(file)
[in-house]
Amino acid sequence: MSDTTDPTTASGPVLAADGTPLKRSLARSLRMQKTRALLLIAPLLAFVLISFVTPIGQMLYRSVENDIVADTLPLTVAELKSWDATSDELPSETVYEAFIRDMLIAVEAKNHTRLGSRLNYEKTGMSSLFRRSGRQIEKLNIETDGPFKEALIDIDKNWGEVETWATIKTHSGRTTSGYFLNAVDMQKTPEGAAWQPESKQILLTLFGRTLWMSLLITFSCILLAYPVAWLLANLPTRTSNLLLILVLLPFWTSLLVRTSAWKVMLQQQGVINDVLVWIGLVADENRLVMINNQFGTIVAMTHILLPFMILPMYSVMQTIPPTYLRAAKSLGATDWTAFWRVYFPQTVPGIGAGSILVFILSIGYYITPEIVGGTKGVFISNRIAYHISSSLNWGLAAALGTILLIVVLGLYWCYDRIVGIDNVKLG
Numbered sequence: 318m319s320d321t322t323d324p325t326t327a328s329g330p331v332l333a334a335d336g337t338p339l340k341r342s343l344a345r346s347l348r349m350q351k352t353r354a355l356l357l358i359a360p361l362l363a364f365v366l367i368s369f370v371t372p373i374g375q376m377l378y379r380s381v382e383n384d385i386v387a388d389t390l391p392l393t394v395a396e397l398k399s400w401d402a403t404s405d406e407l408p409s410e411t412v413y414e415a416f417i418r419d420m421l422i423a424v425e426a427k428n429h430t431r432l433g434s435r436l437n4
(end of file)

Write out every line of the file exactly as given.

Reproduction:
[in-house]
Amino acid sequence: MSDTTDPTTASGPVLAADGTPLKRSLARSLRMQKTRALLLIAPLLAFVLISFVTPIGQMLYRSVENDIVADTLPLTVAELKSWDATSDELPSETVYEAFIRDMLIAVEAKNHTRLGSRLNYEKTGMSSLFRRSGRQIEKLNIETDGPFKEALIDIDKNWGEVETWATIKTHSGRTTSGYFLNAVDMQKTPEGAAWQPESKQILLTLFGRTLWMSLLITFSCILLAYPVAWLLANLPTRTSNLLLILVLLPFWTSLLVRTSAWKVMLQQQGVINDVLVWIGLVADENRLVMINNQFGTIVAMTHILLPFMILPMYSVMQTIPPTYLRAAKSLGATDWTAFWRVYFPQTVPGIGAGSILVFILSIGYYITPEIVGGTKGVFISNRIAYHISSSLNWGLAAALGTILLIVVLGLYWCYDRIVGIDNVKLG
Numbered sequence: 318m319s320d321t322t323d324p325t326t327a328s329g330p331v332l333a334a335d336g337t338p339l340k341r342s343l344a345r346s347l348r349m350q351k352t353r354a355l356l357l358i359a360p361l362l363a364f365v366l367i368s369f370v371t372p373i374g375q376m377l378y379r380s381v382e383n384d385i386v387a388d389t390l391p392l393t394v395a396e397l398k399s400w401d402a403t404s405d406e407l408p409s410e411t412v413y414e415a416f417i418r419d420m421l422i423a424v425e426a427k428n429h430t431r432l433g434s435r436l437n4